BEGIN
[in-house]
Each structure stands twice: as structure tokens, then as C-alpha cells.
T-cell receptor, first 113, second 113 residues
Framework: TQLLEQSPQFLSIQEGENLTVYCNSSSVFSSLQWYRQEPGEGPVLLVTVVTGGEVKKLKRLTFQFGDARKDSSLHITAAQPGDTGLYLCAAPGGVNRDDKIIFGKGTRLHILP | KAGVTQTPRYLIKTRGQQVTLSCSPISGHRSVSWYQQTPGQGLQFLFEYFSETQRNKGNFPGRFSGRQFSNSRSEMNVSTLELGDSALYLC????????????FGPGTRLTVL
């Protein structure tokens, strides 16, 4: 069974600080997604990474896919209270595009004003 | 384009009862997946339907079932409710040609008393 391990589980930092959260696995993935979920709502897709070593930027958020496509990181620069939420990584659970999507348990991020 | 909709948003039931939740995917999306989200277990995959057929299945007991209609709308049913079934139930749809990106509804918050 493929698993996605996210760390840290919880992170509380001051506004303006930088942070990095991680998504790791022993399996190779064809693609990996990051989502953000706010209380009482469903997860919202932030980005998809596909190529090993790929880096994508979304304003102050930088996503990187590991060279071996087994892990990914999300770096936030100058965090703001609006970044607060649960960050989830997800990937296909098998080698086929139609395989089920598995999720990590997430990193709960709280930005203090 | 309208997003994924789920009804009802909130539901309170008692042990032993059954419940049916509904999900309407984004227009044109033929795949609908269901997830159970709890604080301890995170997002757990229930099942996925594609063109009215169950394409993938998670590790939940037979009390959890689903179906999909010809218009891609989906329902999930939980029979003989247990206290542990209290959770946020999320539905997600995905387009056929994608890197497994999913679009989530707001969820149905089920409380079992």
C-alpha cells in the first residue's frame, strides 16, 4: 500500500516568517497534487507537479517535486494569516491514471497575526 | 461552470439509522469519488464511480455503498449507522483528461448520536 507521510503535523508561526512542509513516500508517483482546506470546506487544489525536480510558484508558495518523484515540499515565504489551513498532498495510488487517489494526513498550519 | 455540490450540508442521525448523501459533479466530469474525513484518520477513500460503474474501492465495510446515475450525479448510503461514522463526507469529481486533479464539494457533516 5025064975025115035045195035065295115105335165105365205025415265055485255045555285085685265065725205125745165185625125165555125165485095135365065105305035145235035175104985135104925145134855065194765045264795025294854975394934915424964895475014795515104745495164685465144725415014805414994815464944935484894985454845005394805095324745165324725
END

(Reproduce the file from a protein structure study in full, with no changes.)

[in-house]
Each structure stands twice: as structure tokens, then as C-alpha cells.
T-cell receptor, first 113, second 113 residues
Framework: TQLLEQSPQFLSIQEGENLTVYCNSSSVFSSLQWYRQEPGEGPVLLVTVVTGGEVKKLKRLTFQFGDARKDSSLHITAAQPGDTGLYLCAAPGGVNRDDKIIFGKGTRLHILP | KAGVTQTPRYLIKTRGQQVTLSCSPISGHRSVSWYQQTPGQGLQFLFEYFSETQRNKGNFPGRFSGRQFSNSRSEMNVSTLELGDSALYLC????????????FGPGTRLTVL
């Protein structure tokens, strides 16, 4: 069974600080997604990474896919209270595009004003 | 384009009862997946339907079932409710040609008393 391990589980930092959260696995993935979920709502897709070593930027958020496509990181620069939420990584659970999507348990991020 | 909709948003039931939740995917999306989200277990995959057929299945007991209609709308049913079934139930749809990106509804918050 493929698993996605996210760390840290919880992170509380001051506004303006930088942070990095991680998504790791022993399996190779064809693609990996990051989502953000706010209380009482469903997860919202932030980005998809596909190529090993790929880096994508979304304003102050930088996503990187590991060279071996087994892990990914999300770096936030100058965090703001609006970044607060649960960050989830997800990937296909098998080698086929139609395989089920598995999720990590997430990193709960709280930005203090 | 309208997003994924789920009804009802909130539901309170008692042990032993059954419940049916509904999900309407984004227009044109033929795949609908269901997830159970709890604080301890995170997002757990229930099942996925594609063109009215169950394409993938998670590790939940037979009390959890689903179906999909010809218009891609989906329902999930939980029979003989247990206290542990209290959770946020999320539905997600995905387009056929994608890197497994999913679009989530707001969820149905089920409380079992």
C-alpha cells in the first residue's frame, strides 16, 4: 500500500516568517497534487507537479517535486494569516491514471497575526 | 461552470439509522469519488464511480455503498449507522483528461448520536 507521510503535523508561526512542509513516500508517483482546506470546506487544489525536480510558484508558495518523484515540499515565504489551513498532498495510488487517489494526513498550519 | 455540490450540508442521525448523501459533479466530469474525513484518520477513500460503474474501492465495510446515475450525479448510503461514522463526507469529481486533479464539494457533516 5025064975025115035045195035065295115105335165105365205025415265055485255045555285085685265065725205125745165185625125165555125165485095135365065105305035145235035175104985135104925145134855065194765045264795025294854975394934915424964895475014795515104745495164685465144725415014805414994815464944935484894985454845005394805095324745165324725